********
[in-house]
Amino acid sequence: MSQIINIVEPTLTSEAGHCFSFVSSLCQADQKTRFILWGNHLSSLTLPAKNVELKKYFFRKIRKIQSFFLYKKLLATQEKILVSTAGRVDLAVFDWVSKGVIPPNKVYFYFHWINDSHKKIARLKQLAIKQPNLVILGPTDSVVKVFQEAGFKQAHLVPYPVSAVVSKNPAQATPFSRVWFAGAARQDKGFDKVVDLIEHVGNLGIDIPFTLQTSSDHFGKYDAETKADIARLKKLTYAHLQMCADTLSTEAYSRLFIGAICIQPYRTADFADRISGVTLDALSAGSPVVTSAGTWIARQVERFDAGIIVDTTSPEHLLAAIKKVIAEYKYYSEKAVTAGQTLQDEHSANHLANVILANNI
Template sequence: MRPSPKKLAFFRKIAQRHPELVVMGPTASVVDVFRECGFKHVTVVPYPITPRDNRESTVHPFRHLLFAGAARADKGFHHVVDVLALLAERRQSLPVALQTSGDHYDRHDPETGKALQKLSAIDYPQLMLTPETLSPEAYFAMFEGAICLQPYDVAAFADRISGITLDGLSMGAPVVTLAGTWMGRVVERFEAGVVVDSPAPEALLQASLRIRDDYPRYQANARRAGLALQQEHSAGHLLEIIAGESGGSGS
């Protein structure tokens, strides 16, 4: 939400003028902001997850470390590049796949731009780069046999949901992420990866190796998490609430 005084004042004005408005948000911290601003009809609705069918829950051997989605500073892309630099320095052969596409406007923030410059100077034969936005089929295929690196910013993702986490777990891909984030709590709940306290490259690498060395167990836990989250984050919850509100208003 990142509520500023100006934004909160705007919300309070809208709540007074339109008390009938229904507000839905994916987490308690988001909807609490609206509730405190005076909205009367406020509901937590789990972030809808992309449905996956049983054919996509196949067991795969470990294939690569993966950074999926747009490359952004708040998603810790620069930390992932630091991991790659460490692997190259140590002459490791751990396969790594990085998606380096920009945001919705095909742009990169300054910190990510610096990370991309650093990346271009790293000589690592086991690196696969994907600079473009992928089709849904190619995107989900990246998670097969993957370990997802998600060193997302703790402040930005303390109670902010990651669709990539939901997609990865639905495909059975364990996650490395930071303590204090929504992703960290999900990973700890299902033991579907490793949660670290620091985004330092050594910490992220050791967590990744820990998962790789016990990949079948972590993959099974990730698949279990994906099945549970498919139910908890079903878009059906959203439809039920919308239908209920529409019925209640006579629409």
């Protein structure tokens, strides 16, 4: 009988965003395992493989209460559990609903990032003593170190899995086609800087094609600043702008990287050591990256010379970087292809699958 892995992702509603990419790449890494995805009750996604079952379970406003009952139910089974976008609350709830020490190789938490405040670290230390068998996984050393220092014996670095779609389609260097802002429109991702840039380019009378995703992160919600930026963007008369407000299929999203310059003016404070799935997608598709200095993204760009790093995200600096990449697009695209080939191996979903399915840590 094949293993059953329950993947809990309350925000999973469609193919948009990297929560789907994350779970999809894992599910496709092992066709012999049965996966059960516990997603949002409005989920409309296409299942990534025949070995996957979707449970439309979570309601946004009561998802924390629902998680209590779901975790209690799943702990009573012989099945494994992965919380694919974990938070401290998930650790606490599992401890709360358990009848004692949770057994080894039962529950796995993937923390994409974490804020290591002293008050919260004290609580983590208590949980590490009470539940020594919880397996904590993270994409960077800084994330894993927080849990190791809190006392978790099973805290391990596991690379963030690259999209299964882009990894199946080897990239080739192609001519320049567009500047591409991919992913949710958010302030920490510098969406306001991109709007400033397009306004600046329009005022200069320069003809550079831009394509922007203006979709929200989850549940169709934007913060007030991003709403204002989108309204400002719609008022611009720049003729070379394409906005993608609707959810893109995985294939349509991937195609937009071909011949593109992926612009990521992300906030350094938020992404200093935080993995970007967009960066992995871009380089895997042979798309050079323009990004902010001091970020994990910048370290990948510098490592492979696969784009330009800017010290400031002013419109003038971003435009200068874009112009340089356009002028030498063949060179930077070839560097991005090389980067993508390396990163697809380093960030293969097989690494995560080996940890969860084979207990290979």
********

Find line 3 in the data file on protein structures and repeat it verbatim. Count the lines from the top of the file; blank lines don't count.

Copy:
Template sequence: MRPSPKKLAFFRKIAQRHPELVVMGPTASVVDVFRECGFKHVTVVPYPITPRDNRESTVHPFRHLLFAGAARADKGFHHVVDVLALLAERRQSLPVALQTSGDHYDRHDPETGKALQKLSAIDYPQLMLTPETLSPEAYFAMFEGAICLQPYDVAAFADRISGITLDGLSMGAPVVTLAGTWMGRVVERFEAGVVVDSPAPEALLQASLRIRDDYPRYQANARRAGLALQQEHSAGHLLEIIAGESGGSGS